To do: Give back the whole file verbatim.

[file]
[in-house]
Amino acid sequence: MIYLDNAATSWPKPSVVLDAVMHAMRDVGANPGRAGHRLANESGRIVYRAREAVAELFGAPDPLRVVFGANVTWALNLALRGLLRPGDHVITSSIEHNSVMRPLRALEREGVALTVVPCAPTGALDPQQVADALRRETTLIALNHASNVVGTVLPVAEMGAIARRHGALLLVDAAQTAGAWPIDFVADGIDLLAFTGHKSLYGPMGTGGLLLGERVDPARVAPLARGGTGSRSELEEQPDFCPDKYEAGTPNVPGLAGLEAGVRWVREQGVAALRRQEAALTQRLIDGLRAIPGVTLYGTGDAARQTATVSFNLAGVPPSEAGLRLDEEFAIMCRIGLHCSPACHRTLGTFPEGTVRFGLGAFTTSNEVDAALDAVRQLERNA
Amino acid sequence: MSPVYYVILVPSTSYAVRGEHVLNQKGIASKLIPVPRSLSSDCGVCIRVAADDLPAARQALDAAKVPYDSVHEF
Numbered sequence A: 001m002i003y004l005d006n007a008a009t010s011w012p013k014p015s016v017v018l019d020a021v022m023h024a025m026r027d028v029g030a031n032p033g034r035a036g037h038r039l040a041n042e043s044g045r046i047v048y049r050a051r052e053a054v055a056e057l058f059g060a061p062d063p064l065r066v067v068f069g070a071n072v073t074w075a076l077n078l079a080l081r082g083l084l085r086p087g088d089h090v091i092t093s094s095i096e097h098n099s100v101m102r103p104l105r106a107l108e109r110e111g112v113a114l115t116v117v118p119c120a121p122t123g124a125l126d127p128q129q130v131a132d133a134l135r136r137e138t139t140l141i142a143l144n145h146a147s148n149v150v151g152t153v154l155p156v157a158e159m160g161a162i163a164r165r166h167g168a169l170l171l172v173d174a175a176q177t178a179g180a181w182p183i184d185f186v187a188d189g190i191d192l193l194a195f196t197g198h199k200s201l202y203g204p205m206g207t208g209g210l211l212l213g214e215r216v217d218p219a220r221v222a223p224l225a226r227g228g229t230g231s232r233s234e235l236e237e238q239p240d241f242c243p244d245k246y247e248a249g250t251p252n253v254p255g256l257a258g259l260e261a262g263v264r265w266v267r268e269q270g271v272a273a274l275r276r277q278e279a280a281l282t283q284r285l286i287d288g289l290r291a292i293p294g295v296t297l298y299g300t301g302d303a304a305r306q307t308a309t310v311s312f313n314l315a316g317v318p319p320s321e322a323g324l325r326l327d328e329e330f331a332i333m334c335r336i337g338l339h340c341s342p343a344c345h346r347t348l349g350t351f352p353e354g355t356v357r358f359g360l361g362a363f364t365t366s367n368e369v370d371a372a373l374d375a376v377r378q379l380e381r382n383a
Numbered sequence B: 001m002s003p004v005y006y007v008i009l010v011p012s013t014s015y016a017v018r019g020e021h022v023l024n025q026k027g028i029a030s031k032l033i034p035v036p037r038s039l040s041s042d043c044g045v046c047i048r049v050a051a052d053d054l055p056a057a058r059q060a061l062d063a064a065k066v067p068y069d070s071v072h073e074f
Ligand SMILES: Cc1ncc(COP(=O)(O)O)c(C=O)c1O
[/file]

[in-house]
Amino acid sequence: MIYLDNAATSWPKPSVVLDAVMHAMRDVGANPGRAGHRLANESGRIVYRAREAVAELFGAPDPLRVVFGANVTWALNLALRGLLRPGDHVITSSIEHNSVMRPLRALEREGVALTVVPCAPTGALDPQQVADALRRETTLIALNHASNVVGTVLPVAEMGAIARRHGALLLVDAAQTAGAWPIDFVADGIDLLAFTGHKSLYGPMGTGGLLLGERVDPARVAPLARGGTGSRSELEEQPDFCPDKYEAGTPNVPGLAGLEAGVRWVREQGVAALRRQEAALTQRLIDGLRAIPGVTLYGTGDAARQTATVSFNLAGVPPSEAGLRLDEEFAIMCRIGLHCSPACHRTLGTFPEGTVRFGLGAFTTSNEVDAALDAVRQLERNA
Amino acid sequence: MSPVYYVILVPSTSYAVRGEHVLNQKGIASKLIPVPRSLSSDCGVCIRVAADDLPAARQALDAAKVPYDSVHEF
Numbered sequence A: 001m002i003y004l005d006n007a008a009t010s011w012p013k014p015s016v017v018l019d020a021v022m023h024a025m026r027d028v029g030a031n032p033g034r035a036g037h038r039l040a041n042e043s044g045r046i047v048y049r050a051r052e053a054v055a056e057l058f059g060a061p062d063p064l065r066v067v068f069g070a071n072v073t074w075a076l077n078l079a080l081r082g083l084l085r086p087g088d089h090v091i092t093s094s095i096e097h098n099s100v101m102r103p104l105r106a107l108e109r110e111g112v113a114l115t116v117v118p119c120a121p122t123g124a125l126d127p128q129q130v131a132d133a134l135r136r137e138t139t140l141i142a143l144n145h146a147s148n149v150v151g152t153v154l155p156v157a158e159m160g161a162i163a164r165r166h167g168a169l170l171l172v173d174a175a176q177t178a179g180a181w182p183i184d185f186v187a188d189g190i191d192l193l194a195f196t197g198h199k200s201l202y203g204p205m206g207t208g209g210l211l212l213g214e215r216v217d218p219a220r221v222a223p224l225a226r227g228g229t230g231s232r233s234e235l236e237e238q239p240d241f242c243p244d245k246y247e248a249g250t251p252n253v254p255g256l257a258g259l260e261a262g263v264r265w266v267r268e269q270g271v272a273a274l275r276r277q278e279a280a281l282t283q284r285l286i287d288g289l290r291a292i293p294g295v296t297l298y299g300t301g302d303a304a305r306q307t308a309t310v311s312f313n314l315a316g317v318p319p320s321e322a323g324l325r326l327d328e329e330f331a332i333m334c335r336i337g338l339h340c341s342p343a344c345h346r347t348l349g350t351f352p353e354g355t356v357r358f359g360l361g362a363f364t365t366s367n368e369v370d371a372a373l374d375a376v377r378q379l380e381r382n383a
Numbered sequence B: 001m002s003p004v005y006y007v008i009l010v011p012s013t014s015y016a017v018r019g020e021h022v023l024n025q026k027g028i029a030s031k032l033i034p035v036p037r038s039l040s041s042d043c044g045v046c047i048r049v050a051a052d053d054l055p056a057a058r059q060a061l062d063a064a065k066v067p068y069d070s071v072h073e074f
Ligand SMILES: Cc1ncc(COP(=O)(O)O)c(C=O)c1O